I think Don Tepper had some really good points. Knowing the nature of the offense is important - find out as much as you can. I would call my Attorney and the Sheriff's office and ask about the definition of Aggravated Criminal Sexual Abuse. Is it a 16 year old girl and her 18 year old boyfriend who made a bad choice and the girl's parent's are out for blood? I'm not saying this is acceptable or o.k., I'm just saying that you should try to find out the details and exact nature of the crime. I know for a fact that buyers do care about the proximity of a registered sex offender in relation to their home. Most people do care - buyers, sellers, renters, grandparents, etc. There was a home in this area that just wouldn't sell because a registered sex offender was living with his mother in the neighborhood. The crime was of a serious nature. The neighbors got together and things got a little bit ugly. The good thing that came out of it is that the local police came to the neighborhood and spoke with the children and their parents about what they can do to protect themselves and steps they can take to be safe. Once the seller has knowledge of that a sex offender is living in the neighborhood - they should disclose that information to potential buyers. A registered sex offender moved into our neighborhood (didn't purchase, just staying with a home owner around the corner), and that was a huge issue for the people in my neighborhood. Knowledge is power - we didn't sell our homes, but we took extra precautions to make sure the children were safe and not outside without adult supervision.
I always encourage my buyers to go to the local sheriff's website and conduct a sex offender search prior to writing an offer. It is in the best interest of the buyer to know everything. Do seller's always disclose? No. The buyer has to make sure they do their research and have the information to make an educated decision regarding what is right for them, personally. In Ohio (Cincinnati Area Board of Realtors), there is a clause in the purchase contract regarding sexual offenders - "Buyer assumes sole responsibility for researching conditions outside the boundaries of the Real Estate, such as, but not limited to: crime statistics, registration of sex offenders. . .and any other issures of relevance to the Buyer and acknowledges that Buyer has been given the opportunity to conduct research pertaining to off-site conditions. In making this offer, Buyer shall rely soley upon Buyer's own inquiry with local agencies...and is not relying on the Seller or any Realtor involved in the transaction." The Buyer stats in the purchase contract that they request X amount of days to complete inspections and respond to the Seller with the results of their inspections. I do not understand why a Buyer, especially one that is represented by a Realtor, would not check it out. If the Realtor reviews the purchase contract with the Buyer, as they should, this topic is part of the purchase contract. Buying a home can be overwhelming for some people and it is the Buyer's Realtor's responsibility to make sure the Buyer's best interest are being seen to and that nothing slips through the cracks. If the Buyer is aware of their rights to conduct a search, and fails to do so, that is unfortunate, but the Realtor has done their job.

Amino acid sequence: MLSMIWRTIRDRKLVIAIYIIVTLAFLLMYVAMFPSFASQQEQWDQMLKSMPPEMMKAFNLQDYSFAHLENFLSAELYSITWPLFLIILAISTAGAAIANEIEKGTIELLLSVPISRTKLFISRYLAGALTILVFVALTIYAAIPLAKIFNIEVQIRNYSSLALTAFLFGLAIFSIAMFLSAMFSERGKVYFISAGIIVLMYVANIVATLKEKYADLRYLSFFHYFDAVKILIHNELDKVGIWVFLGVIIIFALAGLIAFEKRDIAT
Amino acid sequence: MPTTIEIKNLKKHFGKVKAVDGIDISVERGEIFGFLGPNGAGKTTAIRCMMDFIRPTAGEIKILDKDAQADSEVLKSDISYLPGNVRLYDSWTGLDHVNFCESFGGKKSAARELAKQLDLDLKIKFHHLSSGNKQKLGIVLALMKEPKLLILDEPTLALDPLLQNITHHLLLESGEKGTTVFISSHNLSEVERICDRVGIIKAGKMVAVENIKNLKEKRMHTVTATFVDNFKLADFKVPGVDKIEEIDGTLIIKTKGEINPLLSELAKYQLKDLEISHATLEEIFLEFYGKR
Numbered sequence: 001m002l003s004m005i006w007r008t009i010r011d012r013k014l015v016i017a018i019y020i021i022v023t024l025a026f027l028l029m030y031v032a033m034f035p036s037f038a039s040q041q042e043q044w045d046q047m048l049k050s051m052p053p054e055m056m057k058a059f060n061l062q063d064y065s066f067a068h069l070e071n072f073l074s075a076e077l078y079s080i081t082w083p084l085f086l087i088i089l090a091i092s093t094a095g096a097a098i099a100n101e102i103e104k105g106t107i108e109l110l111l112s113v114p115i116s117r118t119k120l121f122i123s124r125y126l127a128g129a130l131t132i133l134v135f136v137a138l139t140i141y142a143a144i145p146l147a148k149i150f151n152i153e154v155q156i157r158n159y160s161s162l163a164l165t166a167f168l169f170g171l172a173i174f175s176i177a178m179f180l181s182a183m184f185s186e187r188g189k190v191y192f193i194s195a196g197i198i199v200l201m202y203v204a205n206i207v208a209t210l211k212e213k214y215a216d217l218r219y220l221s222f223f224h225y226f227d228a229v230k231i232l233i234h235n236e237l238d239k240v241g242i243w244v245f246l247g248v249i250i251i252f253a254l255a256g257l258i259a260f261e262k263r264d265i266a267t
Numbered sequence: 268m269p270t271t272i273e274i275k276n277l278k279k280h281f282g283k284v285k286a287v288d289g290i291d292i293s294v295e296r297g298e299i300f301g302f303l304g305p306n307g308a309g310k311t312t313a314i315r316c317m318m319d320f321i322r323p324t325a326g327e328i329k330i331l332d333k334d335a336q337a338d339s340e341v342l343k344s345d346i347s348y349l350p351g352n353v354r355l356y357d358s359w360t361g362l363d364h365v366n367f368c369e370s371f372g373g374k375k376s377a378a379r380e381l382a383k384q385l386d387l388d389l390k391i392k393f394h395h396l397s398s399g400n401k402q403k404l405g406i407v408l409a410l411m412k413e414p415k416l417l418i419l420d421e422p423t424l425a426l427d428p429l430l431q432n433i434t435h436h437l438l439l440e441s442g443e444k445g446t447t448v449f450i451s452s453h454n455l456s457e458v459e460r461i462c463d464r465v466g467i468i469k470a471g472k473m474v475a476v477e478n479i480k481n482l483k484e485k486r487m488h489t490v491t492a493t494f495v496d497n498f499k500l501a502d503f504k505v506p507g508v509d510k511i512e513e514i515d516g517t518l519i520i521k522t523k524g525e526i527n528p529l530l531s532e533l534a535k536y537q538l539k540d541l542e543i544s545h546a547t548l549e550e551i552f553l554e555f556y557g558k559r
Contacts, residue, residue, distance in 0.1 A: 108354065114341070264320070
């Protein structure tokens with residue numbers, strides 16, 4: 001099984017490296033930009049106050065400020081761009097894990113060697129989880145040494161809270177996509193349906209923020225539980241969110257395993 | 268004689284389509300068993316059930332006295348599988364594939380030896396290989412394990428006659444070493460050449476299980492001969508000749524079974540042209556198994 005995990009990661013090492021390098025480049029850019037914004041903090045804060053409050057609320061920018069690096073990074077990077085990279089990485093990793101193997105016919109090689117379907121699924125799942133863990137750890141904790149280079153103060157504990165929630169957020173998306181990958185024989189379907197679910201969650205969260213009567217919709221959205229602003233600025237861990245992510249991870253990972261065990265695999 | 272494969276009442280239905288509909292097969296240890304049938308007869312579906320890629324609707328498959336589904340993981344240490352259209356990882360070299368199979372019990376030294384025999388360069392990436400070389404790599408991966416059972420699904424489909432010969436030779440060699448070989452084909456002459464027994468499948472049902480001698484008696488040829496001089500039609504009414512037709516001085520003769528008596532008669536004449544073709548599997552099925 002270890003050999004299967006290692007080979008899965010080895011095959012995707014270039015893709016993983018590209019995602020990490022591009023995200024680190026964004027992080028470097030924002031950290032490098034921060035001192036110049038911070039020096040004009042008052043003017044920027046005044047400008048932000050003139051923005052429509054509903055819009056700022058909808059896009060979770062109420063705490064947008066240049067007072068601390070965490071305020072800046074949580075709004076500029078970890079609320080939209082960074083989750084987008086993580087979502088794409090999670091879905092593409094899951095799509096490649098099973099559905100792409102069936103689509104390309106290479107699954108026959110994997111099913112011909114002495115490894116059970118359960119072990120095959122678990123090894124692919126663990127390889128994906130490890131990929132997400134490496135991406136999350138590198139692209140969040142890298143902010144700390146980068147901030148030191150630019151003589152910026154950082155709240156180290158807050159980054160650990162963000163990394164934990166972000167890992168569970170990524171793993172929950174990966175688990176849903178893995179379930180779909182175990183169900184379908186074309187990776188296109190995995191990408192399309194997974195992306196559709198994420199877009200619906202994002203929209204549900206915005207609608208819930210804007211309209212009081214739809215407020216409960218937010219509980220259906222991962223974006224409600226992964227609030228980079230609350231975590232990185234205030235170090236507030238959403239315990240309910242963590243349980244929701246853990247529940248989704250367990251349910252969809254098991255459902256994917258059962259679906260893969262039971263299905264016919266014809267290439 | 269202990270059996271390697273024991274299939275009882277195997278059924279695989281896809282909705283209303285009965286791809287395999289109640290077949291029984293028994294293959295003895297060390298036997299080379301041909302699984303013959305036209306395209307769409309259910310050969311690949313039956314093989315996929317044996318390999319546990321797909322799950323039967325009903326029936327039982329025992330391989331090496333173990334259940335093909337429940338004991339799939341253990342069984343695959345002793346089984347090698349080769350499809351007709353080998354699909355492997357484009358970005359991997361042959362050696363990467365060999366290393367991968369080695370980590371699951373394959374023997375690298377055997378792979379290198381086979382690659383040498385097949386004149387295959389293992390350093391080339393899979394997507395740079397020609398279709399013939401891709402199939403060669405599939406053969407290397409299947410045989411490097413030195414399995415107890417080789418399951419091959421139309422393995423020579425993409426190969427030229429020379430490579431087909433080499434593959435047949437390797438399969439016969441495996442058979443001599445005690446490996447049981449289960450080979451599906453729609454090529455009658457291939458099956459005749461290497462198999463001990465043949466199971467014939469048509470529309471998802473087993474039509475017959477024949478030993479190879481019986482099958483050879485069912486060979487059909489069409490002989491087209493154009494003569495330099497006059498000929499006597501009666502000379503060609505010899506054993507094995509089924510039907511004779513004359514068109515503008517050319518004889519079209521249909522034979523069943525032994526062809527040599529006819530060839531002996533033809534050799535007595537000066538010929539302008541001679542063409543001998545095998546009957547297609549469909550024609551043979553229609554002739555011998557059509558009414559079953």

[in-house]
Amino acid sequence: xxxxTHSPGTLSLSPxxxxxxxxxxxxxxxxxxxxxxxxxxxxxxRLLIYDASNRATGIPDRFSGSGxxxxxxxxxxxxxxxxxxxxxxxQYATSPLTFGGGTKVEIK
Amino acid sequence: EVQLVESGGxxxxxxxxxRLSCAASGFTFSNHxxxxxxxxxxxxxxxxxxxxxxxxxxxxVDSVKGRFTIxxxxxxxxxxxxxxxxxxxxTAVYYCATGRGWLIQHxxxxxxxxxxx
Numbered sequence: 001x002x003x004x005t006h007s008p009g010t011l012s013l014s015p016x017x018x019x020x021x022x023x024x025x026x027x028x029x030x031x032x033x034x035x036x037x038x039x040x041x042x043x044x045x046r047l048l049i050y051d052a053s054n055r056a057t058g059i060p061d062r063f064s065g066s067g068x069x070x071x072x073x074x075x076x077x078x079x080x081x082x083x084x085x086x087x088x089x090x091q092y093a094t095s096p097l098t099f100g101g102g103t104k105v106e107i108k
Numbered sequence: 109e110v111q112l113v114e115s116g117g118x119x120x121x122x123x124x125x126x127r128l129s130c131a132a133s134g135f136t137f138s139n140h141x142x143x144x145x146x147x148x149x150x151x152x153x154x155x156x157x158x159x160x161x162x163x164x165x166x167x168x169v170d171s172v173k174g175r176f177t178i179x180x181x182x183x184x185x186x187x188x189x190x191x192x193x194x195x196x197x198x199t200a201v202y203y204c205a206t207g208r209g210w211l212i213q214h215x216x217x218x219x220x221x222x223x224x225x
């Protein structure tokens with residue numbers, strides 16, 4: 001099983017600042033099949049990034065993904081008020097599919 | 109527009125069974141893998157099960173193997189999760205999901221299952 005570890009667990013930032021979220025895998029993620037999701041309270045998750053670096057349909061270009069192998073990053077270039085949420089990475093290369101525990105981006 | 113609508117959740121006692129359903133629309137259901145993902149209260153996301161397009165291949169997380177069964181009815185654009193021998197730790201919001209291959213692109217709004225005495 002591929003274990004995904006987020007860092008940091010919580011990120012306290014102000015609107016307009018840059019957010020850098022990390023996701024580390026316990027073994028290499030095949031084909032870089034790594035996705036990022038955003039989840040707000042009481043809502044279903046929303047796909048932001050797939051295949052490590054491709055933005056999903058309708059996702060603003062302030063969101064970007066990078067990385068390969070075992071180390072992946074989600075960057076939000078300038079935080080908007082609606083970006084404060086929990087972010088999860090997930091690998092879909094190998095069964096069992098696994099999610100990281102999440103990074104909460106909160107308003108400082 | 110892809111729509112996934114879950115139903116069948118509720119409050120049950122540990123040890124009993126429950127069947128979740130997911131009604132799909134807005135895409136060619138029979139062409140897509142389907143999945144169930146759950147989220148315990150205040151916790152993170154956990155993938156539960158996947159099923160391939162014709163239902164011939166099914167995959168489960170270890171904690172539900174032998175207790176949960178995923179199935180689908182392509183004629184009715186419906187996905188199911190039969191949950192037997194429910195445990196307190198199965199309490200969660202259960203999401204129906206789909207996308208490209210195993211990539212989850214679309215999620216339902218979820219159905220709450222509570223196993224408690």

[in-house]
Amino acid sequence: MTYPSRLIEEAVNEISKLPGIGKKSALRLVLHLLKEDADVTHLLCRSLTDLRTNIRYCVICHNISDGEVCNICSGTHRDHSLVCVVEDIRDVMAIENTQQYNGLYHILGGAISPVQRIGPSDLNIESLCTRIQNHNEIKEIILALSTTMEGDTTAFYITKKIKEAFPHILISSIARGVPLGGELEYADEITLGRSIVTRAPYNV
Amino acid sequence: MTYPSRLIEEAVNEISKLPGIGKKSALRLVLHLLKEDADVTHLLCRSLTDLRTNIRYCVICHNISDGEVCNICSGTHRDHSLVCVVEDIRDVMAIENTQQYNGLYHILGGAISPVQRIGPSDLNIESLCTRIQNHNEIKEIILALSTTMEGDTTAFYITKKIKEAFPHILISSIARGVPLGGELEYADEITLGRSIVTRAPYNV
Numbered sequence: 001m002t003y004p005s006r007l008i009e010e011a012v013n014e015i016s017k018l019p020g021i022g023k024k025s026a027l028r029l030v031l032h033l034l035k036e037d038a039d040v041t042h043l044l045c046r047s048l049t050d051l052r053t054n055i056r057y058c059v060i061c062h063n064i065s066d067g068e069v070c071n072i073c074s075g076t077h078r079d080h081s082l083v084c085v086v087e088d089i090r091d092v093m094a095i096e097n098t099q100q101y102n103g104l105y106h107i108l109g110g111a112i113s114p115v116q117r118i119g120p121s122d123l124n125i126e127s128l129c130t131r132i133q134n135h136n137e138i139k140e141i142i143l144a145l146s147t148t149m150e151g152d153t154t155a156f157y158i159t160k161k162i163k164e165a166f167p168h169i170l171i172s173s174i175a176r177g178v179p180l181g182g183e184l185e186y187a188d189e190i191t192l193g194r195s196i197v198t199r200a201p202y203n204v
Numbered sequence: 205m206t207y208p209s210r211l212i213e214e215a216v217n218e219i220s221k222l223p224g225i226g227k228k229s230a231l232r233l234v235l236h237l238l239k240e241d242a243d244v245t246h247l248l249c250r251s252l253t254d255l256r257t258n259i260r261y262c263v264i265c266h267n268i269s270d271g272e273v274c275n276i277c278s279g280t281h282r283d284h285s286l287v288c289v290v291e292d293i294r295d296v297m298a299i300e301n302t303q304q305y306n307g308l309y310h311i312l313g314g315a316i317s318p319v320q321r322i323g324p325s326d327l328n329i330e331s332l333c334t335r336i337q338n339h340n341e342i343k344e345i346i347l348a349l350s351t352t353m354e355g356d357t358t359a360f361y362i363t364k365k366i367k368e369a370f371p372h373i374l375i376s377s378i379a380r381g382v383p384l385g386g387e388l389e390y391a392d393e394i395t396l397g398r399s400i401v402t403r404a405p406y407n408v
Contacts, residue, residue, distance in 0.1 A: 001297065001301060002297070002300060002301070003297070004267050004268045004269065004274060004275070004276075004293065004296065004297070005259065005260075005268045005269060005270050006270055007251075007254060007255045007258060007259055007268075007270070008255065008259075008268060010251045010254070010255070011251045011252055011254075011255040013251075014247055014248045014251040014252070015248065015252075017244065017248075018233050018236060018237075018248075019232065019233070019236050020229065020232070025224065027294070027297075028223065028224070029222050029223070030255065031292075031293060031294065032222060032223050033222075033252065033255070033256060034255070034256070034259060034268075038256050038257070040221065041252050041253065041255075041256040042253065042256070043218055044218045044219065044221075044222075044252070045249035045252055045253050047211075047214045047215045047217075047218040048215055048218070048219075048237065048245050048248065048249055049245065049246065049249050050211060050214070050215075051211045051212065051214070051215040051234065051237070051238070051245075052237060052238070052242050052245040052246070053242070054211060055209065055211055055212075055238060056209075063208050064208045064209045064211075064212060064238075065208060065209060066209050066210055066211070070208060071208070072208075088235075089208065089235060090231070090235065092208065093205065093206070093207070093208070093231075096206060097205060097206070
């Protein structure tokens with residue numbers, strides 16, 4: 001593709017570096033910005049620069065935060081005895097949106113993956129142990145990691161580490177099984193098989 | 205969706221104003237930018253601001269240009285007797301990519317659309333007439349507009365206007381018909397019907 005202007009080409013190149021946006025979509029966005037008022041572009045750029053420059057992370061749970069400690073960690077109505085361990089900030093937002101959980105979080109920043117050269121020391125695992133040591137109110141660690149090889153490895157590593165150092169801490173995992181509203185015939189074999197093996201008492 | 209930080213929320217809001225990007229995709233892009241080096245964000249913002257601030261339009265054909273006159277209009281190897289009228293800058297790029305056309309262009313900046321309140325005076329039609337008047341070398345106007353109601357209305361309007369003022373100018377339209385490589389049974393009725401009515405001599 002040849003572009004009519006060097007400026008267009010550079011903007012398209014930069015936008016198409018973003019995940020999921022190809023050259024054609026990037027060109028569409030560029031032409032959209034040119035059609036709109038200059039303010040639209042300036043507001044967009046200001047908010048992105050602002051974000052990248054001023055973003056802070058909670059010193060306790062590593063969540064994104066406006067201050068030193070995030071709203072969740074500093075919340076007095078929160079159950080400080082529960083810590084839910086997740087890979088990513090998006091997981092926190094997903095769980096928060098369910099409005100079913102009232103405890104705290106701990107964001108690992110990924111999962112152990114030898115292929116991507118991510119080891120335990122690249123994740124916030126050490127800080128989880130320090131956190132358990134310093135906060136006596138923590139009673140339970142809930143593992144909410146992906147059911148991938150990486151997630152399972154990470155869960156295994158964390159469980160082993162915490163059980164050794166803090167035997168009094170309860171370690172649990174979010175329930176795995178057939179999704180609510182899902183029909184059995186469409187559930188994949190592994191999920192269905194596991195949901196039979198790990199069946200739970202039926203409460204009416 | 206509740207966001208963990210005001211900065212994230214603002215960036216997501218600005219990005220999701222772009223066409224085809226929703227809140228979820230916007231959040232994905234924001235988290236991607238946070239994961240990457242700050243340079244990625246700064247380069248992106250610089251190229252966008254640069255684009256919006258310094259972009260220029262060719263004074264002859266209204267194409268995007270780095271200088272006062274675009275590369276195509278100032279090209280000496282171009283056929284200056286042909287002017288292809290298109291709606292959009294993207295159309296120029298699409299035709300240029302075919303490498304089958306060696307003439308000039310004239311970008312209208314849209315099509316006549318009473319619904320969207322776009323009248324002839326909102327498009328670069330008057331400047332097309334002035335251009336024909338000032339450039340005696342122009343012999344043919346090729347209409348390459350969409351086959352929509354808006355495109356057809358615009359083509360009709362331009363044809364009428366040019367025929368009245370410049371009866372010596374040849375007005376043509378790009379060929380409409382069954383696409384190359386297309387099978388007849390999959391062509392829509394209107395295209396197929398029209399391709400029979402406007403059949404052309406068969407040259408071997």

Yes, there are a registered sex offenders living amongst us, it is a sad fact of life. Everyone has a right to know where they are. In my opinion, a house for sale with a registered sex offender living next door, or even a couple doors down, who has a view of the yard where the potential buyers children will be playing, will have an impact on the value of the property. I would not encourage anyone to take that situation lightly. That being said, if the registered sex offender is living a couple blocks away, it shouldn't have as great an impact (on marketability). Remember - location, location, location. In my market area, we have an over-supply of homes for sale, if a buyer doesn't want to live next door to a registered sex offender, they can easily find a home they like in a different location. But, like Sandy Nelson stated, a registered sexual offender can move in (or out) after the buyer closes on the home, or at any time. I recommend that home owners visit the sheriff's website and sign up for "email alerts" so they are informed when a registered sex offender moves in. If you know what you are dealing with, at any point in time, in any situation, you can take the necessary steps to deal with the situation and do your best to keep you & your loved ones safe.